Fiat Says Ciao to Italy as Merger With Chrysler Ends EraTommaso Ebhardt and Daniele Lepido
Fiat SpA, Italy’s largest manufacturer and a symbol of the country’s struggle to adapt to globalization, is leaving home after 115 years.
The controlling Agnelli family and other investors, holding their final shareholders meeting in Turin today, sealed the end of Fiat as an Italian company with a vote approving a merger with Chrysler. Created by Italian-Canadian Chief Executive Officer Sergio Marchionne, Fiat Chrysler Automobiles NV will be incorporated under Dutch law, based in the U.K. and listed on the New York Stock Exchange.
“Marchionne doesn’t want to abandon Italy; he wants FCA and himself to be global players, and the center of gravity of FCA has to be repositioned in order to do that,” said Erik Gordon, a professor at the University of Michigan’s Stephen M. Ross School of Business. “It is a little sad for Italy.”
The new entity’s cosmopolitan structure reflects an auto-industry shift away from national champions like Fiat, which for decades prided itself in an Italian and Turin heritage. By combining resources with the U.S. carmaker, the company formerly known as Fabbrica Italiana di Automobili Torino can better compete with heavyweights like General Motors Co., Volkswagen AG and Toyota Motor Corp., the CEO says. A brush with bankruptcy a decade ago proved the Italian focus was unsustainable.
“Marchionne needs the lights of Wall Street,” where Fiat Chrysler plans to locate its primary listing by mid-October, said Vincenzo Longo, an investment strategist at IG Group in Milan. There’s more opportunity there than a “peripheral place like what the Italian market has become.”
Fiat was trading down 1.1 percent at 7.17 euros as of 3:47 p.m. in Milan, narrowing from a drop of as much as 4.5 percent.
Hampered by insufficient reforms, the Italian economy has stagnated over the past 14 years and contracted 10 of the last 11 quarters. Unemployment rates are near record levels, leading thousands of Italians to leave in search of a better future.
The same goes for Fiat. Toughening regulation calls for large sales volumes to finance development of cleaner engines and expand in growth markets like China and India. Bolstered by the combination, Fiat plans to invest 55 billion euros ($74 billion) in the next five years to boost deliveries 61 percent to 7 million cars by 2018. That’s still less than VW’s target to sell 10 million vehicles this year.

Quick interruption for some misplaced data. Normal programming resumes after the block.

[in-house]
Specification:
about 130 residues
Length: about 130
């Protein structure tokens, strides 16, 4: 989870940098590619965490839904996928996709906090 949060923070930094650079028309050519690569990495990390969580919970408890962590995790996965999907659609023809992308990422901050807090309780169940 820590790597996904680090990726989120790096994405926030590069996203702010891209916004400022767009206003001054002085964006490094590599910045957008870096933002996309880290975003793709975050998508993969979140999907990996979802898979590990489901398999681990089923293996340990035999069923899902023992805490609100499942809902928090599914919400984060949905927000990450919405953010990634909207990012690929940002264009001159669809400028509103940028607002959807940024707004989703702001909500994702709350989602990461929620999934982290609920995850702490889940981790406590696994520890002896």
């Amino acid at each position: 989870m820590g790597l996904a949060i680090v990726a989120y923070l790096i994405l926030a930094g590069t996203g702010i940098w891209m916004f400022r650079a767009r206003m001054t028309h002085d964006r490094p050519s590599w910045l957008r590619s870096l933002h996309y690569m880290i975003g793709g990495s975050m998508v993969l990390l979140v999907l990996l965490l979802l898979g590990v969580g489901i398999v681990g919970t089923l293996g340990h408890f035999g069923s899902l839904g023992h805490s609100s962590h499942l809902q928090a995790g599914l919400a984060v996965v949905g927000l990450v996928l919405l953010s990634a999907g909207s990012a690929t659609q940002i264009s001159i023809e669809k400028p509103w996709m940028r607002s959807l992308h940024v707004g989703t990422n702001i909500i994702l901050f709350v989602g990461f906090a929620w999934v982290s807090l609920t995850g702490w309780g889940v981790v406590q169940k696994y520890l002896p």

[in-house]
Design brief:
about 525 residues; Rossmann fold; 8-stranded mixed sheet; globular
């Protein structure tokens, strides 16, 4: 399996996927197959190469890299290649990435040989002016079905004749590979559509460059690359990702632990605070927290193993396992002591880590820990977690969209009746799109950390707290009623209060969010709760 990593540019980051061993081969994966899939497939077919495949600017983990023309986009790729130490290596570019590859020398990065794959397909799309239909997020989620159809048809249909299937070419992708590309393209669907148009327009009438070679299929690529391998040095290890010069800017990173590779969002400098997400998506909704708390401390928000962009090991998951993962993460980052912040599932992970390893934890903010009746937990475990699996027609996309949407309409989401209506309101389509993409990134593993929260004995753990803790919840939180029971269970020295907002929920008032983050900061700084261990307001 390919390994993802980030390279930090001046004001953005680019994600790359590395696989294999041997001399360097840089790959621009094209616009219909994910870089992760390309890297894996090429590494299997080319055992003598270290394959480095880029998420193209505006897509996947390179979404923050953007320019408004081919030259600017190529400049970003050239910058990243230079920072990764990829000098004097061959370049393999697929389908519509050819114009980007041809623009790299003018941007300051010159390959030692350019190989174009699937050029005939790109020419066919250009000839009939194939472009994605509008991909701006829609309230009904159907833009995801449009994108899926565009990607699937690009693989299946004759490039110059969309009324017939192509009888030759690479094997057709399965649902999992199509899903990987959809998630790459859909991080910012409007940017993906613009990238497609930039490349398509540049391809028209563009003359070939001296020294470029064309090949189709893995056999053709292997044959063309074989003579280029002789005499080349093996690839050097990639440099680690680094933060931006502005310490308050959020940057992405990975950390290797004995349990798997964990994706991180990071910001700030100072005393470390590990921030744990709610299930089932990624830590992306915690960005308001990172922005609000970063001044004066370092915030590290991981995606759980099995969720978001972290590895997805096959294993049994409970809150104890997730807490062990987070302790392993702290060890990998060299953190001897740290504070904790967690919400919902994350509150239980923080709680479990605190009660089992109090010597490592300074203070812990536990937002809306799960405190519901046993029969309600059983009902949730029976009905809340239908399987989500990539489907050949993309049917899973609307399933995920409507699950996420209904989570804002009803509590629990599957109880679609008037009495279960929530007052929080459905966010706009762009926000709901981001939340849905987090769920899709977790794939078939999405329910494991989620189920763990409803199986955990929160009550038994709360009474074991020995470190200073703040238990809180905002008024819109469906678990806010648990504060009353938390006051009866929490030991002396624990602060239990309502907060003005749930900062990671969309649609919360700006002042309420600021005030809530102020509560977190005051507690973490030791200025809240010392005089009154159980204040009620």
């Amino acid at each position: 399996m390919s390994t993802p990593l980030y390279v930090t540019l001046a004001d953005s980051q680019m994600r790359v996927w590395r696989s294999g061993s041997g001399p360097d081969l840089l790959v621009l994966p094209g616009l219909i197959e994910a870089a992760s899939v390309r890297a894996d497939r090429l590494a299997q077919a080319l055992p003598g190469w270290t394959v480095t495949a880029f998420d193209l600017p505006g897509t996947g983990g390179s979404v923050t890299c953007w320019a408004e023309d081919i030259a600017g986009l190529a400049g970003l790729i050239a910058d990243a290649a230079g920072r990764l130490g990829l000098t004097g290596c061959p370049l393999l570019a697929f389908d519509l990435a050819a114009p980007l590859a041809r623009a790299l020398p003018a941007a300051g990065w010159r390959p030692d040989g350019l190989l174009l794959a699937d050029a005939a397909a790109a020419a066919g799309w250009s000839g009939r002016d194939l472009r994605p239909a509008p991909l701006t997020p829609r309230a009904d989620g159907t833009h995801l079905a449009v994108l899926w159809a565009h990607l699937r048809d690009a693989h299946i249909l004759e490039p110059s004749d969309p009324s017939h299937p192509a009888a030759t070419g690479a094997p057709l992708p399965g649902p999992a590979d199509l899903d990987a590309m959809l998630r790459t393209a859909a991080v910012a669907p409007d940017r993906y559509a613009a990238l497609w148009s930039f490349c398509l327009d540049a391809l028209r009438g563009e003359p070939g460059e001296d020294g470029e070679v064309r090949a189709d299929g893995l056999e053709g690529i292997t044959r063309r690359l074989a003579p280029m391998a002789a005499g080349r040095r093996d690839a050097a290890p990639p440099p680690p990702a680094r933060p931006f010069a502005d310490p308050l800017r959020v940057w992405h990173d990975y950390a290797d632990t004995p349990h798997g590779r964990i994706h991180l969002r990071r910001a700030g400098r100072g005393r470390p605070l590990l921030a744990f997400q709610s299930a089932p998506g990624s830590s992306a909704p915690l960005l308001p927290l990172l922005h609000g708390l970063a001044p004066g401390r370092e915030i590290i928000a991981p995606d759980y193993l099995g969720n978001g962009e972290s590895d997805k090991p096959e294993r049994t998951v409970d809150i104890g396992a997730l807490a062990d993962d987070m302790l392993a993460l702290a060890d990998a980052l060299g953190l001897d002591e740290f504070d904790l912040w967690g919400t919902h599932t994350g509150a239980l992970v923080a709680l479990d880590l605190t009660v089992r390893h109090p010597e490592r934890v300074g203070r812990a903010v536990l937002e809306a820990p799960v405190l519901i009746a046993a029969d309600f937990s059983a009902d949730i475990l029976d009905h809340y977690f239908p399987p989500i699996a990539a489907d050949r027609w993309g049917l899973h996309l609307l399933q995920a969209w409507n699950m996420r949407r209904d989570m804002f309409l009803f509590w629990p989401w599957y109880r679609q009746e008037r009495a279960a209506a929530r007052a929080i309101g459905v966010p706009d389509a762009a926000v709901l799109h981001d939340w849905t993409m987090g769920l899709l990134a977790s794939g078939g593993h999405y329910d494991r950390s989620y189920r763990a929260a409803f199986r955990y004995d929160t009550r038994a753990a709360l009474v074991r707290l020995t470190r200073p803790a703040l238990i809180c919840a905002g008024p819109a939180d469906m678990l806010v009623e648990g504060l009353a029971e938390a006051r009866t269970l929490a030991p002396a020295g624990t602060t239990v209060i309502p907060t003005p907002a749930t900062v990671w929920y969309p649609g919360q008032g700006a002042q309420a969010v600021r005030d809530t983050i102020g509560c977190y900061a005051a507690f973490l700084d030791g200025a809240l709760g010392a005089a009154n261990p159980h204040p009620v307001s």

Marchionne told shareholders today that he’s targeting annual group revenue exceeding 130 billion euros in five years. That would amount to a 50 percent increase from the 86.8 billion euros posted last year. The carmaker probably won’t need to sell shares to fund growth, though any decision will be up to the new company’s board, he told journalists later.
There’s little option for Fiat as a stand-alone company. North American operations, which were non-existent before Fiat gained control of Chrysler about five years ago, accounted for 62 percent of group second-quarter operating profit. The manufacturer’s once-core European operations lost 6 million euros, as the saturated market gradually recovers from a two-decade low. Without its U.S. division, Fiat would have been unprofitable in 2012 and 2013.
To reduce Fiat’s reliance on Italy for sales and as a production base, Marchionne started seeking a partner about 10 years ago when he took charge of the manufacturer, which was financially strapped.
The search, which included a failed bid for GM’s Opel unit, wasn’t successful until Chrysler’s 2009 bankruptcy. Faced with the prospect of liquidating America’s third-biggest carmaker, the U.S. government gave Fiat a chance to turn around the Auburn Hills, Michigan-based company.
Chrysler said today that its U.S. deliveries jumped 20 percent to 167,667 in July, propelled by a 41 percent surge for the Jeep sport-utility vehicle brand. The growth marked the 52nd consecutive monthly sales gain for Chrysler in its home market.
While Italy won’t be completely abandoned, it will become less central. The headquarters will move from a villa adjacent to Fiat’s iconic former Lingotto factory, which features an oval track on its roof and now houses shops, a hotel and a theater, in a sign that Italy can move on. The new location will be in Slough, England, until Fiat opens a London office by the end of the year. Milan will be relegated to a secondary listing for FCA’s shares.
To take the sting out of the shift, Marchionne plans to keep administration and information-technology functions in Turin. He’s also vowed to keep all of Fiat’s Italian factories open and rehire about 30,000 line workers, who are largely on furlough.
To do that, he plans to build the compact Jeep Renegade as well as other models from the Chrysler brand in Italy. Fiat also intends to expand the upscale Alfa Romeo and Maserati nameplates to compete worldwide with the likes of BMW, Audi and Porsche. The CEO reiterated today that the manufacturer’s commitment to Italy will remain unchanged.
Still, the deal isn’t a cure-all. FCA lacks a sizable presence in China and its Latin American operations are struggling. Even before the Chrysler combination is finalized, Fiat has been linked to mergers or deals with Volkswagen as well as France’s PSA Peugeot Citroen in recent weeks. While Fiat has publicly denied talks, the reports reflect investor skepticism about Fiat’s ability to meet its targets, even as Marchionne basks in his fairy-tale deal.
Before Chrysler’s turnaround under Fiat, “we were the poor kids, Cinderella at the ball,” the CEO said in June. “People in the U.S. actually like that. They like what happened.”